Once we discovered that a company called MediPac offers travel insurance that covers Covid, we were in. We flew quite seamlessly with Air Canada from Nanaimo/Vancouver/Toronto/Athens. If only flying was always this pleasant. No crush of cranky economy passengers waiting to board. No middle seat companions on any of the flights and since the Toronto-Athens flight was just one-third full, we each grabbed a full row to stretch out and sleep.

Upon arrival in Athens, we zipped through customs in minutes and walked through this empty airport to catch the metro to downtown.

Travelling by metro was also easy, although with reduced seating, we stood for the 45-minute ride. Seats are cordoned off for distancing and everyone wears masks. I’ve never thought of Greeks as being particularly compliant people, but boy, there is no fooling around here. Mask-wearing is non-negotiable and is required in all public indoor spaces – period.

We are in Greece for six weeks; beginning our trip with a few days in Athens, then flying to Crete for 18 or 19 days. We’re playing it a little by ear from there – planning to visit Santorini, then back up to the mainland to drive around the mountain villages and seaside towns, with a brief stop in Hydra before heading home again.

It feels wonderfully normal to be travelling again, although we have noticed two distinct differences from past trips. Fellow tourists are almost overwhelmingly a) European and b) young. So far we have not fallen into an easy banter with anyone except for bored waiters. Tourists are keeping to themselves.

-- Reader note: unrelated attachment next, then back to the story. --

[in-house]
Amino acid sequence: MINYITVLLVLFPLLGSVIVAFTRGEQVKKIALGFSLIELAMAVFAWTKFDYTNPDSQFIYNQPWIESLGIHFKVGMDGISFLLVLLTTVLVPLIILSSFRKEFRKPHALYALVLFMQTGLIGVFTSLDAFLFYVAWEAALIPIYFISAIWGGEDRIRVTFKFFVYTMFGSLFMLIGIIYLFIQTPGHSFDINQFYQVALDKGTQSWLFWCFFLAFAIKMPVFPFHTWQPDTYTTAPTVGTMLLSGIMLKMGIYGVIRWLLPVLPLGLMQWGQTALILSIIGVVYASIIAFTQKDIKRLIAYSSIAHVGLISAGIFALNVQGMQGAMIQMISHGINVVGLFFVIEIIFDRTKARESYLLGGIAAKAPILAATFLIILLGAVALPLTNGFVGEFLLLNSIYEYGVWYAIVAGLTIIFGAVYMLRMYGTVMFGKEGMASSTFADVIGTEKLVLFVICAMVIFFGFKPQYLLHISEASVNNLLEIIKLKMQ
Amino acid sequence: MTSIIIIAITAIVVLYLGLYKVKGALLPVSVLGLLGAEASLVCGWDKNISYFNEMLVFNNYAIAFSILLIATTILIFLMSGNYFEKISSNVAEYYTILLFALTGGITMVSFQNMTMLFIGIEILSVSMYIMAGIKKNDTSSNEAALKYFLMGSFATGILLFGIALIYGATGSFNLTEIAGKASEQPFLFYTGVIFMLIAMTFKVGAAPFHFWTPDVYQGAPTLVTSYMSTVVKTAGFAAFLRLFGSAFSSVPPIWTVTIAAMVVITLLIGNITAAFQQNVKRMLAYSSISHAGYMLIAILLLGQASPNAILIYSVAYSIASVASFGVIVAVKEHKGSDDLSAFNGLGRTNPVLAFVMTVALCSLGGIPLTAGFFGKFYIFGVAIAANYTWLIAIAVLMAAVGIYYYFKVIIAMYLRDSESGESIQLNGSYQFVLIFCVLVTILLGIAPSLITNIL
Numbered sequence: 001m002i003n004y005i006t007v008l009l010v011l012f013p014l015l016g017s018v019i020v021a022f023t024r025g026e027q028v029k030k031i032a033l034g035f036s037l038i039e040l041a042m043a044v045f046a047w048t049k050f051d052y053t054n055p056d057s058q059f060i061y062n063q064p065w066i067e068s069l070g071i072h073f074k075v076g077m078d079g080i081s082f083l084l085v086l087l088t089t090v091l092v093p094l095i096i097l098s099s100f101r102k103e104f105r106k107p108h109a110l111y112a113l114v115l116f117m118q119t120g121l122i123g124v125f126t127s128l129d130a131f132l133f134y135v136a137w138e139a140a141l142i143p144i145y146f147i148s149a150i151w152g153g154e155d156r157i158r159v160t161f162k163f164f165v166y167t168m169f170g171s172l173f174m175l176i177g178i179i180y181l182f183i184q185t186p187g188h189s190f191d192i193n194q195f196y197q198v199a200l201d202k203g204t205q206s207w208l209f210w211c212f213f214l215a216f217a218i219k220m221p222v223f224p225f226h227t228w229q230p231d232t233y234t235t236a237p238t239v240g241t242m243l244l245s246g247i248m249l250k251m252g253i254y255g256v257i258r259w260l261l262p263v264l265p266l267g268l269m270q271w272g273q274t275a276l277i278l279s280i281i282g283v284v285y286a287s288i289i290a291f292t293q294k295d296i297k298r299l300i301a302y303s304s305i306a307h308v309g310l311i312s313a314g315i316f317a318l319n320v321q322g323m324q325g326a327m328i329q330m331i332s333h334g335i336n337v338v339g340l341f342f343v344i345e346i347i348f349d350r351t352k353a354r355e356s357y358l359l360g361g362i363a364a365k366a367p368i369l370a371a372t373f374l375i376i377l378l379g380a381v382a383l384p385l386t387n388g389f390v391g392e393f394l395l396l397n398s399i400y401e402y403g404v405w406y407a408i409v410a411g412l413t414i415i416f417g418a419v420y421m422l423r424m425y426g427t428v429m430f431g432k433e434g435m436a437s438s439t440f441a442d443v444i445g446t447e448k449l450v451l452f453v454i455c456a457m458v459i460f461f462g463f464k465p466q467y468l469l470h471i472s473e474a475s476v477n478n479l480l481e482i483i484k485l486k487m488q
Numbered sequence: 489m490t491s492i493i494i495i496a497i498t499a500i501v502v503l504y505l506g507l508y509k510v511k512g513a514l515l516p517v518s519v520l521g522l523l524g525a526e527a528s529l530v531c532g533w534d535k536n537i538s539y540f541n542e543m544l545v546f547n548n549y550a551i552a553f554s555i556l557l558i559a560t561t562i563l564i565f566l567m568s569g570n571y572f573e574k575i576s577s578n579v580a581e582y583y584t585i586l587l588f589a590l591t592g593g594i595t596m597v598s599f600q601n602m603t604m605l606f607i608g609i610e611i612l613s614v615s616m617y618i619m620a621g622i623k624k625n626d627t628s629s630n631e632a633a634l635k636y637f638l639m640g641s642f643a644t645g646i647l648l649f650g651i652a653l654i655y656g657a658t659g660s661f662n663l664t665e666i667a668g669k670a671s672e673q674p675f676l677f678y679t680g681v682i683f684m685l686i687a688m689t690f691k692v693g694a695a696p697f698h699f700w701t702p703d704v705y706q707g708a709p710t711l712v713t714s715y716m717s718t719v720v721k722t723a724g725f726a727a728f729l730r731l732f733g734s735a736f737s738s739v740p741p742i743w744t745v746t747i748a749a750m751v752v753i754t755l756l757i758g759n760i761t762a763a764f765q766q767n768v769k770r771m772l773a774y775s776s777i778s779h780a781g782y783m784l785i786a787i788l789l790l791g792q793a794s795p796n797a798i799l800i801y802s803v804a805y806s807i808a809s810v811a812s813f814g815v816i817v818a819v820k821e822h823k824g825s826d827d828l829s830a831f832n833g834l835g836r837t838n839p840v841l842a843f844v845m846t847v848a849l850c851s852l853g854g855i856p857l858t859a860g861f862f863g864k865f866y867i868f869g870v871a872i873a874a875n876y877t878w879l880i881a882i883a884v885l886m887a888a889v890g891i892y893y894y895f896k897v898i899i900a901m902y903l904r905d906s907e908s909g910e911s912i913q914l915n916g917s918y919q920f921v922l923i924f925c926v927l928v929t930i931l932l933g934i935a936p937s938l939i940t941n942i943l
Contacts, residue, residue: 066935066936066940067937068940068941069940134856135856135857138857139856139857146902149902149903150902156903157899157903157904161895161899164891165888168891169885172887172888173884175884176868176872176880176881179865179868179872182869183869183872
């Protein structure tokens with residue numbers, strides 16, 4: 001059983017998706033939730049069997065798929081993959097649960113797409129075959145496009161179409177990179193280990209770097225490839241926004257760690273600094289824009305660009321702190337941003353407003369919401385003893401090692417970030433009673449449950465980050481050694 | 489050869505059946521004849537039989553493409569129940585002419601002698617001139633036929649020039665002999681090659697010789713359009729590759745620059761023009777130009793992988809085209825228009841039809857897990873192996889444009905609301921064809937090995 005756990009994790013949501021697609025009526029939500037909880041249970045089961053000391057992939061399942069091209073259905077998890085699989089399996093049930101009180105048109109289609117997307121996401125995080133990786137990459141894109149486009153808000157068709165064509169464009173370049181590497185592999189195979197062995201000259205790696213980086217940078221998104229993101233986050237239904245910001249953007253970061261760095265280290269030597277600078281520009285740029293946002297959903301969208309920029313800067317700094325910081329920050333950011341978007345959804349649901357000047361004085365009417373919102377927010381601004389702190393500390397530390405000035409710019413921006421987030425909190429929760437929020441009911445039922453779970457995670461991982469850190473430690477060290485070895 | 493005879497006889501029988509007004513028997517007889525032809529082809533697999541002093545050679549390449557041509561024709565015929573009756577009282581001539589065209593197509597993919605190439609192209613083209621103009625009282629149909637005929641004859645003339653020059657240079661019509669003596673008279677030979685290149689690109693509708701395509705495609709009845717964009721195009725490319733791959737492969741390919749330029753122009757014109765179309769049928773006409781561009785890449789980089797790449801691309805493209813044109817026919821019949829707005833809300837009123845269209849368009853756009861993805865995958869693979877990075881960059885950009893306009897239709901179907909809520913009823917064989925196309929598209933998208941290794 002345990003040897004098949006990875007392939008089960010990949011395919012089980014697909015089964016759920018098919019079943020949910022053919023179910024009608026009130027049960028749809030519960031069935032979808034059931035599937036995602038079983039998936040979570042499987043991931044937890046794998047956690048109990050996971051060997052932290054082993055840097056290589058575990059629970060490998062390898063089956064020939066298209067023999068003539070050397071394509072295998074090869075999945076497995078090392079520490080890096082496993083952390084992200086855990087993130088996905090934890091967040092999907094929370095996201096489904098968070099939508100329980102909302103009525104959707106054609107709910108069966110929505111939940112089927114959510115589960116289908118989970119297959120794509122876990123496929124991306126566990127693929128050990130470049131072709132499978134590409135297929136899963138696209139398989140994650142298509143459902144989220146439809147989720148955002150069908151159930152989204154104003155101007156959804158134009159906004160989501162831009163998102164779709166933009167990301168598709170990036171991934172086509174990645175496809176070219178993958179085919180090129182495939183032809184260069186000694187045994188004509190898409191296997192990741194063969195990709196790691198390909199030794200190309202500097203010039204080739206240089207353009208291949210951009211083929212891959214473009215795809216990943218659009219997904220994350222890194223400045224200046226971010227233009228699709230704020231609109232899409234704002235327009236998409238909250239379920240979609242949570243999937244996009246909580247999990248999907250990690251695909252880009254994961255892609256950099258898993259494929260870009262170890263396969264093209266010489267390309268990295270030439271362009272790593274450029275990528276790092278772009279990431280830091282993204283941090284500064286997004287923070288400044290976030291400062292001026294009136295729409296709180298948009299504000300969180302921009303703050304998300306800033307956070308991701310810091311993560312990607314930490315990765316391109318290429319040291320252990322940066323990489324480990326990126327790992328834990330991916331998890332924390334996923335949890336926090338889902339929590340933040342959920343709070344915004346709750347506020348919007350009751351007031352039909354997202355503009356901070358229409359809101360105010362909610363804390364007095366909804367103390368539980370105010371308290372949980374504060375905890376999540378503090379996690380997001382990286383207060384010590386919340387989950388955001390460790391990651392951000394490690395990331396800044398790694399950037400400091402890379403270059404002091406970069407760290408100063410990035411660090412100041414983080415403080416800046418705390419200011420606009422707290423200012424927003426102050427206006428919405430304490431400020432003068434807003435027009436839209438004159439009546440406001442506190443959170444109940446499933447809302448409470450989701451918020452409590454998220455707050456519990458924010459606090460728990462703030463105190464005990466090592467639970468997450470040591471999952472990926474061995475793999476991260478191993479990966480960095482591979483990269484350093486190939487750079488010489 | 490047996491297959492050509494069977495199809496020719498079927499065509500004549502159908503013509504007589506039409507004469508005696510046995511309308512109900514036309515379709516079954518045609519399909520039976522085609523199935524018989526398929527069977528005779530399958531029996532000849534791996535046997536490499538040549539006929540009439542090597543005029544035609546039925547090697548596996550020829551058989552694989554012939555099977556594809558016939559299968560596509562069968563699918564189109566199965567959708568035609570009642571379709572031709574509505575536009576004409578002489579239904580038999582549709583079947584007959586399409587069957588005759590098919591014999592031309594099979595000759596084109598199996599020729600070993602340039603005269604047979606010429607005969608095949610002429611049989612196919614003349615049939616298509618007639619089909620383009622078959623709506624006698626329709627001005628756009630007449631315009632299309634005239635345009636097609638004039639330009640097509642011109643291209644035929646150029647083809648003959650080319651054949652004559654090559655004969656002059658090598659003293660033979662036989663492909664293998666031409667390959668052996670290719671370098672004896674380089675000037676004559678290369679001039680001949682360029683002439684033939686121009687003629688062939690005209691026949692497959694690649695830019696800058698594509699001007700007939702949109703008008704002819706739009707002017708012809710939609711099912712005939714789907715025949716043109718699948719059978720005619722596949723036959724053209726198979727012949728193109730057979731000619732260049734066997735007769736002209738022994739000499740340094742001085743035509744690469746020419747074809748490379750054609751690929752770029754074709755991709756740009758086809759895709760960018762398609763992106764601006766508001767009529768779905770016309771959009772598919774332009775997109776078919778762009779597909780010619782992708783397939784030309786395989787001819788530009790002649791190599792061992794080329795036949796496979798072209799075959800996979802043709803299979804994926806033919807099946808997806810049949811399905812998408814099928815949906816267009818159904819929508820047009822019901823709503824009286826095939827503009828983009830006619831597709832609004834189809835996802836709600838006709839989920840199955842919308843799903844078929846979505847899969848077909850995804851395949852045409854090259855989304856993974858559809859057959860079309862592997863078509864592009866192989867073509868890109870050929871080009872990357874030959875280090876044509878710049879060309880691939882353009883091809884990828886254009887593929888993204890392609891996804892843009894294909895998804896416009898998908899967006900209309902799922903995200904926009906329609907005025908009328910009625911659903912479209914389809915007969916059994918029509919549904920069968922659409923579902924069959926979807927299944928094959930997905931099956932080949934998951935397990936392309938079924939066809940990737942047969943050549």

Athens is much nicer than we had imagined – cleaner, quieter, less chaotic and very walkable. However, with the exception of a very few parks, there is a noticeable dearth of green space.

We’re staying at an Airbnb in the Plaka neighbourhood, which is a charming older area close to the Acropolis, with twisty narrow lanes, bougainvilleas and tons of cafes and tavernas.

Our first night in town, we were feeling spacey from 24 hours of travel and grabbed the first tourist-y restaurant we saw, lured in with the promise of “drinks on the house.” Most restaurants will give you something complimentary – ouzo, dessert, fresh fruit – which I find touching and remarkable in cash-strapped, tourist-hungry Greece.

We kept it simple with a Greek salad and souvlaki and for a tourist restaurant the food was surprisingly good. It was lovely to sit outside and let it wash over us that we were in Greece.

We were fading fast and when we asked for the check, our waiter appeared instead with two more drinks. “On the house!,” he announced to my rather ungracious, “oh no“. ( We did manage to finish them.)

We discovered that central Athens is compact, made up of several fascinating neighbourhoods and is extremely walkable. This sweet little part of town, called Anafiotika, is just up the road from our place.

It is a cluster of about 40 whitewashed homes that lie right in the shadow of the Acropolis. It is just beautiful and unlike the rest of Athens – more reminiscent of buildings found on the islands. Although it is touted as a tourist attraction, I felt a bit uneasy walking through such a small, intimate neighbourhood. These are people’s homes and we were walking within inches of their open windows.